I don't pay much attention to my birthday. Some people I know demand a major production, relishing the fact they are the center of attention. Me? I'm of the belief that once you hit my age, birthdays are nothing to celebrate. Let's face it; at this point, every day is another day closer to death.
I'm not going to try and stave off age. I would never dream of coloring my hair, for example, thinking if it does turn gray I might finally be considered distinguished-looking and gain a small modicum of respect from my staffers here at the newspaper, who usually ignore me.
I would never have a facelift. The way I figure it, the saggy skin covers the acne, and so it is a good thing. I would never get a tummy tuck, because then none of my pants or belts would fit and I'd have to get all new stuff. Besides I'd have to clean the lint out of my belly button and I believe it's been in there for at least 40 years.
I was a gorgeous baby. All parents are under the belief that their newborns are adorable, but they delude themselves. Babies are like grown-ups – some are pretty, some are plain looking, and some are just plain ugly. We've all told the big white lie: we go up to a baby carriage or a crib and the mother says, "Isn't she adorable? She just turned one!" We look down and see something so hideous we almost pass out. But we invariably gush, "Ohhhh, she's soooo adorable!"
I believe I am one of those people who will get better looking with age. That's because even though I was a pretty baby I was an ugly teenager -- I had braces and pimples and kinky hair.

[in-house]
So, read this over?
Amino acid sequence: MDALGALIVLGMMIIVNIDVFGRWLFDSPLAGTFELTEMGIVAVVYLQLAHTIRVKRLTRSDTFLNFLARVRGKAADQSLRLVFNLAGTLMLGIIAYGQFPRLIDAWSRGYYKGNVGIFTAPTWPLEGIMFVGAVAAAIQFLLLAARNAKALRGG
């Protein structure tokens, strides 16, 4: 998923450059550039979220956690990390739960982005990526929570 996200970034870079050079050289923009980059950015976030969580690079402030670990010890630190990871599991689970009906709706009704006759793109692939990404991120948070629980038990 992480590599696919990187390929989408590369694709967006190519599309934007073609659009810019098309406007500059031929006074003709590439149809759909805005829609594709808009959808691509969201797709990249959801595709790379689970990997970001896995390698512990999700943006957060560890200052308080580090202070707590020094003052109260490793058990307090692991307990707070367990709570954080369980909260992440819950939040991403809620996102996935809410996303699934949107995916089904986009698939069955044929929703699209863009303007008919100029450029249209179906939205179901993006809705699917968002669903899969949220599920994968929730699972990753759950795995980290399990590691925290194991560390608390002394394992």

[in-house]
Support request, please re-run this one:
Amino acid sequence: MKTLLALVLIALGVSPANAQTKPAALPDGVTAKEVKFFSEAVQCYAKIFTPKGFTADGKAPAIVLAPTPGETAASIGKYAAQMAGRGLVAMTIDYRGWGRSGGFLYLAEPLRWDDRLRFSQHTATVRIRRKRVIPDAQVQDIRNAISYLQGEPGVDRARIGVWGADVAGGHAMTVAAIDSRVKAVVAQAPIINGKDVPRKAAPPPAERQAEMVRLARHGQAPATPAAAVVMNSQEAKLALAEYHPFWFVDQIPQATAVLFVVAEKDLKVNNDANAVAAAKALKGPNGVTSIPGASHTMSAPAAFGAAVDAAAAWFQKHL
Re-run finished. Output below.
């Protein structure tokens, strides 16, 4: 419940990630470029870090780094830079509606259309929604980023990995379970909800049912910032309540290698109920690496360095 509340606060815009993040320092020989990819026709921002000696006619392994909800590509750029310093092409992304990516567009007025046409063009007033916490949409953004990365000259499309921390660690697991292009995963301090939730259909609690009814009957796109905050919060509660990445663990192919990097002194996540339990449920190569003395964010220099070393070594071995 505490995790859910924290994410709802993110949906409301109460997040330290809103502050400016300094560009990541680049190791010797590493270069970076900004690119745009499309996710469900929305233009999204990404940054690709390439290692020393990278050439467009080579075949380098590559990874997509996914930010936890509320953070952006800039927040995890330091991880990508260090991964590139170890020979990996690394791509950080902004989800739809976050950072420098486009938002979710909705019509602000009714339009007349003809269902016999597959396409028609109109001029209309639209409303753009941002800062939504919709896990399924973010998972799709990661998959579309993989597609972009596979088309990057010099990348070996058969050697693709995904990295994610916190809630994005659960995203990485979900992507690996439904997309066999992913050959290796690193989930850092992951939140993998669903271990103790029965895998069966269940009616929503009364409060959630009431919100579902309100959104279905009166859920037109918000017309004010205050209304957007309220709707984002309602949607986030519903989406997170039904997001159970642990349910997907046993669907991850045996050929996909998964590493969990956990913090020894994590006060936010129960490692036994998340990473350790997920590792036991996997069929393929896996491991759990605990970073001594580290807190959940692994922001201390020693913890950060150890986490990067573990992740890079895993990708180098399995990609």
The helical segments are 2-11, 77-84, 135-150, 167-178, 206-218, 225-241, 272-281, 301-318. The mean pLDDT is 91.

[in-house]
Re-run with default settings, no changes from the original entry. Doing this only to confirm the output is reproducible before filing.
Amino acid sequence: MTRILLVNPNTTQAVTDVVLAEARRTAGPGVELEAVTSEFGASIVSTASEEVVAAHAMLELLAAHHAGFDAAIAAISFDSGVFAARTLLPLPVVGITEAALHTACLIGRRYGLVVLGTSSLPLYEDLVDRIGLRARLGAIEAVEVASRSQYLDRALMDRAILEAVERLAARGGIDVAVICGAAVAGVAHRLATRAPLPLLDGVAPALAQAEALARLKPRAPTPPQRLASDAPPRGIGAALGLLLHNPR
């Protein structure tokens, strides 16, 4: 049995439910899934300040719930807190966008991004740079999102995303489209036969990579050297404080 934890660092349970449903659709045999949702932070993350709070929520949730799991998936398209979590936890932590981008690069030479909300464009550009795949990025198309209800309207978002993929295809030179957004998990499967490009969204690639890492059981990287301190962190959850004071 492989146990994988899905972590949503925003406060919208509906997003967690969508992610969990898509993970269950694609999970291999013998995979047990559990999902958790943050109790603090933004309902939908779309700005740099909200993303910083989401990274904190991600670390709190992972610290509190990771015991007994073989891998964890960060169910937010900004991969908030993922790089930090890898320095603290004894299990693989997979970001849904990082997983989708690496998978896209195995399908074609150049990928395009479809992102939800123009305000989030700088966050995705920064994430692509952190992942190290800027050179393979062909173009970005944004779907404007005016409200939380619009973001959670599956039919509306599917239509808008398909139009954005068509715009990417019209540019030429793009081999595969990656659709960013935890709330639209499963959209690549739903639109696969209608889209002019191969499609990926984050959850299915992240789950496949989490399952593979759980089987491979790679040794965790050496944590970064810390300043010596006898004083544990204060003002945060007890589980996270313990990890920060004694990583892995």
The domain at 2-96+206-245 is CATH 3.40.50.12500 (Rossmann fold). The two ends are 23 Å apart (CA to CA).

The bad thing about being good-looking is that, at a certain point, people invariably say, "[He or she] has gotten so old!" That's why movie stars struggle so to keep their looks — in addition, for them, it's more than vanity, it's their job to look attractive.
The rest of us though, might as well let ourselves go. When you're a slug, it's pointless to get a nip or a tuck, because no one is going to notice or care.
When you reach my age, you begin to have doubts. "Am I becoming irrelevant?" I asked my long-suffering wife.
"You were never relevant," she replied. Oh. Silly me.
As we age, the old adage, "all things in moderation" becomes useful. I've learned to take it easy on my body.
For example, I've had to reconfigure my intake of alcohol. Instead of drinking an obscene amount of vodka every night and falling asleep in a pool of my own vomit, I drink a load of beer and fall asleep in a pool of my own urine. This necessitates more showers, so I've upped my total to two per week.
As we get older we have to watch what we eat. During football games, for example, I usually have a bowl of chips, some nachos, pretzels, some crudités and my trusty cooler of beer. This year, the crudités are out.
I've cut down on red meats and fried chicken and try to eat more bacon and sausage.
Exercise is essential. When watching television, I try to lift each leg off the floor and onto the couch, and then down again later when the beer necessitates a trip to the bathroom. I do this several times. I also enjoy taking a nice stroll from the front door to my truck.
No matter how healthy our lifestyle as we age, parts of our bodies begin to shut down (like in my case, the bladder). Now, we finally realize this is what god made drugs for. When we were younger, we took drugs for recreational reasons - to help us enjoy music and the camaraderie of others. The list included PCP, MDA, acid, cocaine, and heroin. I'm done with those silly diversions. These days I'm pretty much drug-free, but my wife has read up on the newer ones and makes recommendations to me.
For example, she keeps insisting to me that there is a great new drug I would like, Viagra, and I'm sure going to try it one of these days. She also told me that prescription painkillers together with sleeping pills and a nice bottle of brandy before bed assures a sound sleep and a healthy body.
Well that's it from the Birthday Boy. Just remember what the great Jackie Gleason said on his 50th birthday: "The 50 yard line is still the best place to watch a football game."
He died a few years later.